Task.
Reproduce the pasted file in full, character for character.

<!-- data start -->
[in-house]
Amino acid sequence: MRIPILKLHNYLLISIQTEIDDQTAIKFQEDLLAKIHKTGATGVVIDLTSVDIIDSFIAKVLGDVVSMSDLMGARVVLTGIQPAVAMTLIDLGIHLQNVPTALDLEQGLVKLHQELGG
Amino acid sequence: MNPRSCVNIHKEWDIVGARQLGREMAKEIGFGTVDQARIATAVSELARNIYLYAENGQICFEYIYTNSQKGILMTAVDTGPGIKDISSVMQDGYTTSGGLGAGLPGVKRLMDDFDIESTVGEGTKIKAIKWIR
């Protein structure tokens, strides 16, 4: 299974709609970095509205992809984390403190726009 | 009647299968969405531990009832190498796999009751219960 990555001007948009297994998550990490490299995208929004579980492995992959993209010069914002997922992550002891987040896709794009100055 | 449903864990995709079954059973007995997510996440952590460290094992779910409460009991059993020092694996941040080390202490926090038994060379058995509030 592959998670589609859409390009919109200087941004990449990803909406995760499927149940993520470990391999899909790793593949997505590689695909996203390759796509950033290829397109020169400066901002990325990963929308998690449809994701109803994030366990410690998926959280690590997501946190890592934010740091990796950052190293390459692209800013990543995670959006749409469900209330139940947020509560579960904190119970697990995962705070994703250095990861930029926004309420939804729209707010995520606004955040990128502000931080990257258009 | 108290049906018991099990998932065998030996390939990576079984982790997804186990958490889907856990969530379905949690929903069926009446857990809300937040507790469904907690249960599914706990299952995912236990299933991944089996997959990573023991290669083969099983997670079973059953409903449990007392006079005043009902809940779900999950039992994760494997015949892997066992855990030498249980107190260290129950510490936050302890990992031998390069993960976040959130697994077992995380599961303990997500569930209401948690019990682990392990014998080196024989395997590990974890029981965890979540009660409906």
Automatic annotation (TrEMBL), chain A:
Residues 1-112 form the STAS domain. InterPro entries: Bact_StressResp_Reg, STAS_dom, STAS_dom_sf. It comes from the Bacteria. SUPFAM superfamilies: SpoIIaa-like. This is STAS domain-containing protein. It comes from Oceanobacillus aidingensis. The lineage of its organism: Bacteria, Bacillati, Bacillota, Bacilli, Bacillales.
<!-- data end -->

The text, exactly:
[in-house]
Amino acid sequence: MRIPILKLHNYLLISIQTEIDDQTAIKFQEDLLAKIHKTGATGVVIDLTSVDIIDSFIAKVLGDVVSMSDLMGARVVLTGIQPAVAMTLIDLGIHLQNVPTALDLEQGLVKLHQELGG
Amino acid sequence: MNPRSCVNIHKEWDIVGARQLGREMAKEIGFGTVDQARIATAVSELARNIYLYAENGQICFEYIYTNSQKGILMTAVDTGPGIKDISSVMQDGYTTSGGLGAGLPGVKRLMDDFDIESTVGEGTKIKAIKWIR
């Protein structure tokens, strides 16, 4: 299974709609970095509205992809984390403190726009 | 009647299968969405531990009832190498796999009751219960 990555001007948009297994998550990490490299995208929004579980492995992959993209010069914002997922992550002891987040896709794009100055 | 449903864990995709079954059973007995997510996440952590460290094992779910409460009991059993020092694996941040080390202490926090038994060379058995509030 592959998670589609859409390009919109200087941004990449990803909406995760499927149940993520470990391999899909790793593949997505590689695909996203390759796509950033290829397109020169400066901002990325990963929308998690449809994701109803994030366990410690998926959280690590997501946190890592934010740091990796950052190293390459692209800013990543995670959006749409469900209330139940947020509560579960904190119970697990995962705070994703250095990861930029926004309420939804729209707010995520606004955040990128502000931080990257258009 | 108290049906018991099990998932065998030996390939990576079984982790997804186990958490889907856990969530379905949690929903069926009446857990809300937040507790469904907690249960599914706990299952995912236990299933991944089996997959990573023991290669083969099983997670079973059953409903449990007392006079005043009902809940779900999950039992994760494997015949892997066992855990030498249980107190260290129950510490936050302890990992031998390069993960976040959130697994077992995380599961303990997500569930209401948690019990682990392990014998080196024989395997590990974890029981965890979540009660409906």
Automatic annotation (TrEMBL), chain A:
Residues 1-112 form the STAS domain. InterPro entries: Bact_StressResp_Reg, STAS_dom, STAS_dom_sf. It comes from the Bacteria. SUPFAM superfamilies: SpoIIaa-like. This is STAS domain-containing protein. It comes from Oceanobacillus aidingensis. The lineage of its organism: Bacteria, Bacillati, Bacillota, Bacilli, Bacillales.